At room temperature, intrinsic semiconductors exhibit almost negligible conductivity. As no any other type of element is present in its crystalline structure.
The group IV elements of the periodic table form an intrinsic semiconductor. However, mainly silicon and germanium are widely used. This is so because in their case only small energy is needed in order to break the covalent bond.
The figure below shows the crystalline structure of silicon:
The figure above clearly shows that silicon consists of 4 electrons in the valence shell. Here, 4 covalent bonds are formed between the electrons of the silicon atom.
When the temperature of the crystal is increased then the electrons in the covalent bond gain kinetic energy and after breaking the covalent bond it gets free. Thus, the movement of free electrons generates current.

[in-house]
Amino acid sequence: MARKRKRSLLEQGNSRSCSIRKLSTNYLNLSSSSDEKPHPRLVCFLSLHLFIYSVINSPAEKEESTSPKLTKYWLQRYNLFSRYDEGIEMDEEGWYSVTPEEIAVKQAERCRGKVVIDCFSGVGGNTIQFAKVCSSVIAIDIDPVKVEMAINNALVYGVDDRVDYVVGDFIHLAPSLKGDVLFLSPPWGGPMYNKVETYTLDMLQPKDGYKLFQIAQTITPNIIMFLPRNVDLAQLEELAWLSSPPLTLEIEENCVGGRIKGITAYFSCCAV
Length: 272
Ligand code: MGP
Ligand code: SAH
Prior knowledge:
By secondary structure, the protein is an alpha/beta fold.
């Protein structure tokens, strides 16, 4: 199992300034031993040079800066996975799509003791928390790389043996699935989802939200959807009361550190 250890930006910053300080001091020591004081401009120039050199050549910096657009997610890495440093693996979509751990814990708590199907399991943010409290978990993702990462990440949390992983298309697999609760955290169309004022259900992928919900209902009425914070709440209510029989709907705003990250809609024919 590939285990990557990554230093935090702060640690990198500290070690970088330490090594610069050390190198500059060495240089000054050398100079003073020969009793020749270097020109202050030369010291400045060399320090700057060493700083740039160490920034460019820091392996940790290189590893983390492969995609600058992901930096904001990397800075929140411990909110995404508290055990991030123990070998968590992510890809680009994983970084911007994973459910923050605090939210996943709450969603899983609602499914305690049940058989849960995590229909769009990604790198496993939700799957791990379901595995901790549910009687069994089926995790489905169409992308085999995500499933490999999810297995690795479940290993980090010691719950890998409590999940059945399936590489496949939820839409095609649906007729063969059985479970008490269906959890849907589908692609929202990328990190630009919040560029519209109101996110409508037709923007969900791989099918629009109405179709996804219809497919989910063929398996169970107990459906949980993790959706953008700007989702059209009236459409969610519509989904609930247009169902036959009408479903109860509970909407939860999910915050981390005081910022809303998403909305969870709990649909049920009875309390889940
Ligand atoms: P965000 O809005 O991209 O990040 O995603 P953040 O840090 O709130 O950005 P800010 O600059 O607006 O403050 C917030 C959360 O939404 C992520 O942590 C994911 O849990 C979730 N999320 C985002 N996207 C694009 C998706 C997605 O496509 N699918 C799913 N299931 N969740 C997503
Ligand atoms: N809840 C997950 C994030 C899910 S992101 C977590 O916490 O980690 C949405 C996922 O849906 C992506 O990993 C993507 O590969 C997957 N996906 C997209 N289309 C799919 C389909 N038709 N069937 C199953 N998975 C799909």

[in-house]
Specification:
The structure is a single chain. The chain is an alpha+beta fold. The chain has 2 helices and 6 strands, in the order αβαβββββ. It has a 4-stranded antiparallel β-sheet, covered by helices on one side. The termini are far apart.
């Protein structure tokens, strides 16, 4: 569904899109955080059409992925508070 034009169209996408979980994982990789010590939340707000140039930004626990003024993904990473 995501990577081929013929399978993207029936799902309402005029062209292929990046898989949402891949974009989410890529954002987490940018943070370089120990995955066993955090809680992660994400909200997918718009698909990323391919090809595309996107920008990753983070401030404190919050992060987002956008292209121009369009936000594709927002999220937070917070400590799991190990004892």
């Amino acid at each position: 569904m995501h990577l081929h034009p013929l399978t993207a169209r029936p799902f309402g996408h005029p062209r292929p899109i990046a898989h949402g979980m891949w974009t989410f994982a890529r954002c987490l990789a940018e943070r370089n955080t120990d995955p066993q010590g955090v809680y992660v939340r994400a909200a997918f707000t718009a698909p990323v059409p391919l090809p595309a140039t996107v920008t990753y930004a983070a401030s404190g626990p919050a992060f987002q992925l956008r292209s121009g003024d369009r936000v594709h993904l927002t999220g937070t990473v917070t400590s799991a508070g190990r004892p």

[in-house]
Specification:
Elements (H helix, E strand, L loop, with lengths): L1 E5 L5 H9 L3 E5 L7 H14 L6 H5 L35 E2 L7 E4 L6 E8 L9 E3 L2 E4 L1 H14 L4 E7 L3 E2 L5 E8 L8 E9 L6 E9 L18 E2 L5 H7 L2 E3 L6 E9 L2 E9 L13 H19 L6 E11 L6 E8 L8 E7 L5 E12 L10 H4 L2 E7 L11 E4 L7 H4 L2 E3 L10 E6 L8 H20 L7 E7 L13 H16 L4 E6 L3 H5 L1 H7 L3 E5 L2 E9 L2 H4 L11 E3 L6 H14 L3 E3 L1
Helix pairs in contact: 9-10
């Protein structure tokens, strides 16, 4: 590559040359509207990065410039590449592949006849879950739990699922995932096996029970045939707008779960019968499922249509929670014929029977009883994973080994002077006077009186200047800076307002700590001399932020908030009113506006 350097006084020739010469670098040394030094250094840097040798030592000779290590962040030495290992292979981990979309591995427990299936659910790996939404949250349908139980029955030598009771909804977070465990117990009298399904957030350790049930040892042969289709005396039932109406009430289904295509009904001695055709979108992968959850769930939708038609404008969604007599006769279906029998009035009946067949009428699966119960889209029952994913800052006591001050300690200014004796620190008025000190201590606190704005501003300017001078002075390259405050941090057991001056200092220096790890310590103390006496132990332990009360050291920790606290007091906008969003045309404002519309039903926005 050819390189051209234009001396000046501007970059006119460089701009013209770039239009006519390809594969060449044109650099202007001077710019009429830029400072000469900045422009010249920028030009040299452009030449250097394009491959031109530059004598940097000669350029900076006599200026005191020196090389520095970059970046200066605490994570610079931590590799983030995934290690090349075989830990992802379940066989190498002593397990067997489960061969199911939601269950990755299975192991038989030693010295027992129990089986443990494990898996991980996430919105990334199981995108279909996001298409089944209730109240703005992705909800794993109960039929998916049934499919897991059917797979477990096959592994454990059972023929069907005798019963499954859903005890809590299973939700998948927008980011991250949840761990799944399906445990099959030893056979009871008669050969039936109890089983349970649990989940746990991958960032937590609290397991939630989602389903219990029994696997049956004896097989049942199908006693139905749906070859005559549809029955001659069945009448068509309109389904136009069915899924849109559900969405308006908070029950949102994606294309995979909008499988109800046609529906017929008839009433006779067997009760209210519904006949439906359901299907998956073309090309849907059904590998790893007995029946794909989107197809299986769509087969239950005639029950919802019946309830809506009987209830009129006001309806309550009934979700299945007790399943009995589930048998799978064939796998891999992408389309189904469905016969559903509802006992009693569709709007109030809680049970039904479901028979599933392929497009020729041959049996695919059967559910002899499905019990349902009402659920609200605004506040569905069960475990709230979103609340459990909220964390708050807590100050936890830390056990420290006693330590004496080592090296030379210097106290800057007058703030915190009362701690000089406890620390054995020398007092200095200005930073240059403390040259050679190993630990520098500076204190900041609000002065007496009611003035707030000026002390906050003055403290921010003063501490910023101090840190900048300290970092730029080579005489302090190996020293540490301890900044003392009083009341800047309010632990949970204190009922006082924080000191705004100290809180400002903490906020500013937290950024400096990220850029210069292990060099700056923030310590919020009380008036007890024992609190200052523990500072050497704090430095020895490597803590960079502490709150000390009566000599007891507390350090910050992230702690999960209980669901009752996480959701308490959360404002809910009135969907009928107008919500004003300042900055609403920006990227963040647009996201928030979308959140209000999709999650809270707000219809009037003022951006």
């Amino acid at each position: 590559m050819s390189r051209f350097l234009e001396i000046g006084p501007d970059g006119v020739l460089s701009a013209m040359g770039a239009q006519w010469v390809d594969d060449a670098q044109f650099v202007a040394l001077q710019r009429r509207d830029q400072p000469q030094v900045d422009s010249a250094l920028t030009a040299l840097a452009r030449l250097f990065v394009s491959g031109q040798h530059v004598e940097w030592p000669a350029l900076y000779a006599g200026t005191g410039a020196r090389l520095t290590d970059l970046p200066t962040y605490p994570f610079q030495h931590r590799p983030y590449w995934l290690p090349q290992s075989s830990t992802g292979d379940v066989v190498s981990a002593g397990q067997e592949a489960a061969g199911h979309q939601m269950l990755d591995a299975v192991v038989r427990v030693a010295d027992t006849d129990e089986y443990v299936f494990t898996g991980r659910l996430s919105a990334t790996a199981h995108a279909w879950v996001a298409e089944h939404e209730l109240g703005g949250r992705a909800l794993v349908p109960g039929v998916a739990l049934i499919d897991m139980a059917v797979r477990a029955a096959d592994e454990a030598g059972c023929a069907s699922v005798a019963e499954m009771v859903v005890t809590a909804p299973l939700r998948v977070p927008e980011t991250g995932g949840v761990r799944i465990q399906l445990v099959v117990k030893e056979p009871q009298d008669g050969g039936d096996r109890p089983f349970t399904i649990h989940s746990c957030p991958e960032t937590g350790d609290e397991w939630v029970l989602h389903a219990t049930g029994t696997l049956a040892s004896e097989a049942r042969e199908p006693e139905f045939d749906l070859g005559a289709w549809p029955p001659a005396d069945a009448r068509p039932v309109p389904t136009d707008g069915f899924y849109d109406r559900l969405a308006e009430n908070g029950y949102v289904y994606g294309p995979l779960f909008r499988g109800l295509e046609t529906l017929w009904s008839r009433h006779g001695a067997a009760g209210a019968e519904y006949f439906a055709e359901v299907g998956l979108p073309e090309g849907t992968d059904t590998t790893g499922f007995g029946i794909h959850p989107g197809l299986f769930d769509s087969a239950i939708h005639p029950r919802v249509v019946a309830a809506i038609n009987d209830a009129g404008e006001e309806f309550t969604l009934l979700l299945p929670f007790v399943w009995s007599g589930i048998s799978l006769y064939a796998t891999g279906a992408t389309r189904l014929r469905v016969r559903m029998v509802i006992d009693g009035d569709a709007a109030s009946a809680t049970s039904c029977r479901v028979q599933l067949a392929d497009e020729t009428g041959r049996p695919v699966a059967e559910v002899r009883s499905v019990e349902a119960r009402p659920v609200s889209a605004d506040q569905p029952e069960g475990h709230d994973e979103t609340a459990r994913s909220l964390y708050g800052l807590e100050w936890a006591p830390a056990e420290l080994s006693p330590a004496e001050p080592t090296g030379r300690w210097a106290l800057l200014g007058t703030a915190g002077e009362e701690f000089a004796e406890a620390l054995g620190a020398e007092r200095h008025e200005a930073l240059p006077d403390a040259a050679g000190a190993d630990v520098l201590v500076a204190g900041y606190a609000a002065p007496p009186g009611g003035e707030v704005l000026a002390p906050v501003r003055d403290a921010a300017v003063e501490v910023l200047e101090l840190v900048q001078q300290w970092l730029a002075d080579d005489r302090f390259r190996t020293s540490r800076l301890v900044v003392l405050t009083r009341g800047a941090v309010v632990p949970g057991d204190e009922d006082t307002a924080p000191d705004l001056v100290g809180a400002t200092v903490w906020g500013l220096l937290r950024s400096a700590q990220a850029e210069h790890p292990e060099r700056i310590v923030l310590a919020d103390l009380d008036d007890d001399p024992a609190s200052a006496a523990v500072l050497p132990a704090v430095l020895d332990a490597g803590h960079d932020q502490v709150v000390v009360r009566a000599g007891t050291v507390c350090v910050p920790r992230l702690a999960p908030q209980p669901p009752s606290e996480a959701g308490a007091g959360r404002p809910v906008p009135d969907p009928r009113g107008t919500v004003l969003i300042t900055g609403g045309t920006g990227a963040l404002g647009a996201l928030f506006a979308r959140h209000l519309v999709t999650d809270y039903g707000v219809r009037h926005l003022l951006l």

The rise in temperature somewhat increases the number for free electrons for conduction.
Definition of Extrinsic Semiconductor
Extrinsic Semiconductors are those that are the result of adding an impurity to a pure semiconductor. These are basically termed as an impure form of semiconductors.
The process by which certain amount of impurity is provided to a pure semiconductor is known as doping. So, we can say a pure semiconductor is doped to generate an extrinsic semiconductor.
These are highly conductive in nature. However, unlike intrinsic semiconductor, extrinsic semiconductors are of two types p-type and an n-type semiconductor.
It is noteworthy here that the classification of the extrinsic semiconductor depends on the type of element doped to the pure semiconductor.
The p-type semiconductors are formed by introducing group III elements or trivalent impurity into the pure semiconductor. These are also known as an acceptor impurity, as a trivalent impurity has only 3 electrons in the valence shell.
The n-type semiconductors are formed by the addition of group V elements or pentavalent impurity to a pure semiconductor. These are termed as donor impurity, as a pentavalent impurity holds 5 electrons in its valence shell.